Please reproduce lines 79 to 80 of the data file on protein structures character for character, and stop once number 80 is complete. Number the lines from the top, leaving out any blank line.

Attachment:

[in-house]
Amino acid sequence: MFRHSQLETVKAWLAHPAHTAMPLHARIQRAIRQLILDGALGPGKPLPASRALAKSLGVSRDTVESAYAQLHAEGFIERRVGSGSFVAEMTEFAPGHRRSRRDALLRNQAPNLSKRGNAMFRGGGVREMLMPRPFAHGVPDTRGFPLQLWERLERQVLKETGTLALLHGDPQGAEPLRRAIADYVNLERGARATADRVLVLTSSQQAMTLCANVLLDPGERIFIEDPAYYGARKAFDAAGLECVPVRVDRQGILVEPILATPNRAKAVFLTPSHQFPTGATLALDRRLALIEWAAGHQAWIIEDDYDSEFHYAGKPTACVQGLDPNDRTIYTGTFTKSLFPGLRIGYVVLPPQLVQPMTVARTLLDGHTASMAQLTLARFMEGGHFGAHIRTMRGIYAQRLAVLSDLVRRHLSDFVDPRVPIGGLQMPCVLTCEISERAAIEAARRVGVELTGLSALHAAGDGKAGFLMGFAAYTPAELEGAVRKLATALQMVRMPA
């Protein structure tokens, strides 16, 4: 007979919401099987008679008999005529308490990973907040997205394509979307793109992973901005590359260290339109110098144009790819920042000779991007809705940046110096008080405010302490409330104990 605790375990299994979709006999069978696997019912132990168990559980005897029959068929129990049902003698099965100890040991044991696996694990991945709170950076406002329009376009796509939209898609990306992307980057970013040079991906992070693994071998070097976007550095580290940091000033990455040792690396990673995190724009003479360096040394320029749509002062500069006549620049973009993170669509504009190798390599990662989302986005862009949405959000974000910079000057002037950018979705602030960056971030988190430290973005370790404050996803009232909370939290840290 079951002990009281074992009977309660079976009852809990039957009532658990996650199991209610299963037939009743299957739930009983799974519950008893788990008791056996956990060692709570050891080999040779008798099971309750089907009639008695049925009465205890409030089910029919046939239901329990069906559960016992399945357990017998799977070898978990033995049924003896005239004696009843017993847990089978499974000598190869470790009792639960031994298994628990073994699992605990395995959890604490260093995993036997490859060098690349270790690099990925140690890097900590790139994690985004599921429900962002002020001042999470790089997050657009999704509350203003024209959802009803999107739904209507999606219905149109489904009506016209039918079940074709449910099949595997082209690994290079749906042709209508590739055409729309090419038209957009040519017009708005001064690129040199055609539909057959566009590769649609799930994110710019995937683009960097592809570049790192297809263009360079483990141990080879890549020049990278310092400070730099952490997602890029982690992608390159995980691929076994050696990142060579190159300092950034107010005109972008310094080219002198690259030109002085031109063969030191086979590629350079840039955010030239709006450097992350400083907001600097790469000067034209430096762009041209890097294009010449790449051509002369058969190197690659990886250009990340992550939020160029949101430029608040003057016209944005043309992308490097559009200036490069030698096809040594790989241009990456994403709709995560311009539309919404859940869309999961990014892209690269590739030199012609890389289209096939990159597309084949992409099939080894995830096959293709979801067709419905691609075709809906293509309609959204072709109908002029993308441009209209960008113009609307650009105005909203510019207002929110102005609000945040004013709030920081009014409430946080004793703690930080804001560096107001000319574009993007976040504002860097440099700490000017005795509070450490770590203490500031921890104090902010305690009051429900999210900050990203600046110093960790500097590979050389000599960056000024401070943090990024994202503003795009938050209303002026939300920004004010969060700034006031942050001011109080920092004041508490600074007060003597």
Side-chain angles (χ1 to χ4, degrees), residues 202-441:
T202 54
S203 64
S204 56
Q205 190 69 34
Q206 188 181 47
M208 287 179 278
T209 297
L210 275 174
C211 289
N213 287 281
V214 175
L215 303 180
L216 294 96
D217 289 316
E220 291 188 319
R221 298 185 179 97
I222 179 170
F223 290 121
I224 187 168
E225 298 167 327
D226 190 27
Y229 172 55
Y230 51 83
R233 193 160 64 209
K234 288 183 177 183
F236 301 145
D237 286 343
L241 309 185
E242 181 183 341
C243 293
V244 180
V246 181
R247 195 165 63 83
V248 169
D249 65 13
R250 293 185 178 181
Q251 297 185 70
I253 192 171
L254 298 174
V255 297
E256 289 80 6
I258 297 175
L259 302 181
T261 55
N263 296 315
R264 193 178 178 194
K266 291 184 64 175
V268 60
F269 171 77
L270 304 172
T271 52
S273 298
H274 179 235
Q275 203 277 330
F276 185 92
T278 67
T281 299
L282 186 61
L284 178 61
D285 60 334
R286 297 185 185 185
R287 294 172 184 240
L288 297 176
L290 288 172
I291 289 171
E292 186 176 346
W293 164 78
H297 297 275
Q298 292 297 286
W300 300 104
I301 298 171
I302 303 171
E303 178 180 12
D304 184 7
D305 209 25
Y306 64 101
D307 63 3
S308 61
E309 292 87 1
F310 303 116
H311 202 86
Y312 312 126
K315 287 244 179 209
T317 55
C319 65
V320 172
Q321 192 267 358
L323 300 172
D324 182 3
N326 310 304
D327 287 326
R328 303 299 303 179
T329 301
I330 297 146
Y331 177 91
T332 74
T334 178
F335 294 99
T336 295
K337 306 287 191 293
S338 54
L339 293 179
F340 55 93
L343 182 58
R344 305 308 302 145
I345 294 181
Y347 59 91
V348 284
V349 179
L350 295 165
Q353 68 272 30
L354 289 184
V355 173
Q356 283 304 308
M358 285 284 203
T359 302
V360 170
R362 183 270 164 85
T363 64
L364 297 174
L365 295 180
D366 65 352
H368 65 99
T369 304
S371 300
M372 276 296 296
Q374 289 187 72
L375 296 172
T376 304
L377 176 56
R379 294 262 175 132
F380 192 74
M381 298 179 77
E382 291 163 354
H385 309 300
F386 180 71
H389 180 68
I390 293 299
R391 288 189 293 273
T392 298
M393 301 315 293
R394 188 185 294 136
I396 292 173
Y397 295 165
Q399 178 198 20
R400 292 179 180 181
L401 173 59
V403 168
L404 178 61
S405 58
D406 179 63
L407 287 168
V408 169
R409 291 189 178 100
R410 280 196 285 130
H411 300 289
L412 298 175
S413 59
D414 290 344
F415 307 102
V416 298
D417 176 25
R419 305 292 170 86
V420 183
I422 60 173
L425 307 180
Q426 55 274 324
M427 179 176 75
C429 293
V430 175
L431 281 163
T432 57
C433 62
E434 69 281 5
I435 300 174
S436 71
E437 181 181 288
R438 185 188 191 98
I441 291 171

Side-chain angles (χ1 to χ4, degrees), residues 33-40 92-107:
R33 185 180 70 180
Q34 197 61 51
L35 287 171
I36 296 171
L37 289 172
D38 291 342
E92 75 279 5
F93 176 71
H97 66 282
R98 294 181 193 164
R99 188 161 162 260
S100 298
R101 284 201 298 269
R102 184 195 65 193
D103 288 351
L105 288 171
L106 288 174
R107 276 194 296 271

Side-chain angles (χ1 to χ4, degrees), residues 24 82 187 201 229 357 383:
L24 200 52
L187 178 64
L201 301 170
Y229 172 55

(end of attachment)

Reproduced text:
D305 209 25
Y306 64 101